Meeting 3: The Cursed Tree, Bani Umaya Dinasty

Date: 02/06/1996

“Let not the unbelievers think that our respite to them is good for themselves, We grant them respite that they may grow in their iniquity; but they will have a shameful punishment.” (3:178)

When we are studying history and historical personalities it is always better to do a comparative study. Knowing the positive and noble figures in history without having sufficient knowledge about the devils with whom they have been fighting, may not give us a thorough concept about that particular event and subsequently may not help us in deducing general laws for which we are basically searching, from studying the history.

You may have heard much about the virtues and excellencies of Imam Husayn. For example: “he along with his brother are the masters of the youth of paradise”.1 Or “Husayn is the light of guidance and the ark of salvation” and similar Hadiths which are all narrated from the Prophet (s.a.w.w.). However, we may not have spoken enough about the enemies of Imam Husayn and their characteristics, a point which is no less important in judging the event.

Moreover, knowing about the dynasty of Bani-Ummayah will help us in finding some of the reasons for which Imam Husayn fought against Yazid. Once more I would like to mention that in these series of lectures we are seeking the historic as well as ideological roots of the tragedy of Karbala.

By the way, I am going to introduce to you, from the most reliable sources, the dynasty of Bani-Ummayah from which Yazid executed the tragedy of Karbala. In order for you to fully know Yazid, I shall introduce his family tree to you also.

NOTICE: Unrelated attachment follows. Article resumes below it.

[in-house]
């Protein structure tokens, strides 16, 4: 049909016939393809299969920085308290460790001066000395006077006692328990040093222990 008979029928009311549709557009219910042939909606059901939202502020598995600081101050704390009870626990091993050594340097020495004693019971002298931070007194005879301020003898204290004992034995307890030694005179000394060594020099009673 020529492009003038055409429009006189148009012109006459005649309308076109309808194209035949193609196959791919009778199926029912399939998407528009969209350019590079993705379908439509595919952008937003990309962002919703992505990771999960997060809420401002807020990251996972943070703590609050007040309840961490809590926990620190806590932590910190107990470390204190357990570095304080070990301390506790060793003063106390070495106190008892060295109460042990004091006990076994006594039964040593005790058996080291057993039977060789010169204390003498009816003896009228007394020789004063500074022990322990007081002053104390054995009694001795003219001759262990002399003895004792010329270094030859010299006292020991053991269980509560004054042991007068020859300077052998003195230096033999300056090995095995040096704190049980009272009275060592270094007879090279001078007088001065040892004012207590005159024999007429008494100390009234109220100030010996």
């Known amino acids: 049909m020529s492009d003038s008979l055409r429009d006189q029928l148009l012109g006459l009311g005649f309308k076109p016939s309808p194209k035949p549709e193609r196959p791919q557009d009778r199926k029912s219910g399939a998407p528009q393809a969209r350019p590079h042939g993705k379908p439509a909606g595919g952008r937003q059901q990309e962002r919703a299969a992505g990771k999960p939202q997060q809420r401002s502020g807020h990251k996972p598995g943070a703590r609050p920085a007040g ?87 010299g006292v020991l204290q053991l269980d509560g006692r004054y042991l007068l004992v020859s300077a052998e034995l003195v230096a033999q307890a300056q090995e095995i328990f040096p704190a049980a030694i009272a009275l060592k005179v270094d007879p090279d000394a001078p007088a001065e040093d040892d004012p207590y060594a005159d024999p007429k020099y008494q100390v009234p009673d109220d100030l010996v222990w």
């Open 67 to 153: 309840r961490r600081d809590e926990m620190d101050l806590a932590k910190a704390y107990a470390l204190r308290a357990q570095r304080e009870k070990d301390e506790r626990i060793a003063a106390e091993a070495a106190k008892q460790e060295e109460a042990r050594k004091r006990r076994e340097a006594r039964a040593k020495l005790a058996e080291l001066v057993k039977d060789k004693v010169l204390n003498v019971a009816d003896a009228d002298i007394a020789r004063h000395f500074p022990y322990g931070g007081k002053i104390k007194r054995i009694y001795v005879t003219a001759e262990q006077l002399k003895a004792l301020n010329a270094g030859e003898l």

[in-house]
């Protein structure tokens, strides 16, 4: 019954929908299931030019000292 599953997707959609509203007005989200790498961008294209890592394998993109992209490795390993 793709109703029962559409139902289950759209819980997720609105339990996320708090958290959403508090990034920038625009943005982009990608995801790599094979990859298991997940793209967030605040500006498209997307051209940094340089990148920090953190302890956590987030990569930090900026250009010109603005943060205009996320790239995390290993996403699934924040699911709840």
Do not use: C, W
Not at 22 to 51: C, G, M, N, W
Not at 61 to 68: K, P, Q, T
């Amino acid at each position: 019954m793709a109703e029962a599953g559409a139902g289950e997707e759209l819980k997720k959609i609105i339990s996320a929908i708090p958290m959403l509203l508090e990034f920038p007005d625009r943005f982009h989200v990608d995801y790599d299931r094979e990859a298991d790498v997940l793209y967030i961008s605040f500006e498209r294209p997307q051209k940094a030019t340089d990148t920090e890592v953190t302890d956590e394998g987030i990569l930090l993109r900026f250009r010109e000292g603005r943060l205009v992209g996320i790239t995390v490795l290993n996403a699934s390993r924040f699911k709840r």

The father of Yazid was Mu’awiyyah, as the father of Imam Husayn was Imam Ali (a.s.), the first man who embraced Islam. The grandfather of Yazid was Abu-Sofyan, as the grandfather of Imam Husayn was the Prophet (s.a.w.w.). The grandmother of Yazid was Hind as the grandmother of Imam Husayn was Lady Khadija, the first lady who embraced Islam.
Now let’s start from the top.

Who is Hind, the grandmother of Yazid?

She was known as the wife of Abu-Sofyan. Unfortunately, some historians have quoted that she was known in the pre-Islamic era (the era of Jahiliah) as an unchaste woman, to the extent that her son Mu’awiyyah was related to four fathers! Abu-Sofyan of course was the legitimate one and the other three were his friends.2

Bani-Ummayah which was led by Abu-Sofyan who was a leading Jahiliah tribe in the pre-Islamic era, and Abu-Sofyan was considered the Pharaoh of Mecca. With the appearance of Islam his kingdom began to shake, and hence he became the first enemy of Islam.

The first battle between Muslims and the infidels of Mecca was the battle of Badr, which was organized basically by Abu-Sofyan in which the father of Hind (Otbah), her uncle (Shaybah), her son (Handhalah) who were all killed by Imam Ali and the uncle of Prophet, Hamza. Eight people were killed in that battle from the family of Bani-Ummayah.

From that time, Bani-Ummayah held a very strong animosity against Islam in general and Imam Ali and Hamza in particular. Therefore, after the battle of Badr, Abu-Sofyan made an oath not to wash his head until he took revenge on Prophet Mohammad. As a result, the second major battle was organized, called the battle of Uhod.

Hind, the wife of Abu-Sofyan, who had also lost her father, son and uncle, had appointed a black slave just to kill Hamza, the uncle of the prophet, cut open his chest, remove his liver and hand it over to Hind in order for her to chew it so that she might satisfy her anger, and this she did. Historians have narrated that she mutilated the bodies of the martyred from that battle and made a necklace for herself from the cut noses and ears!3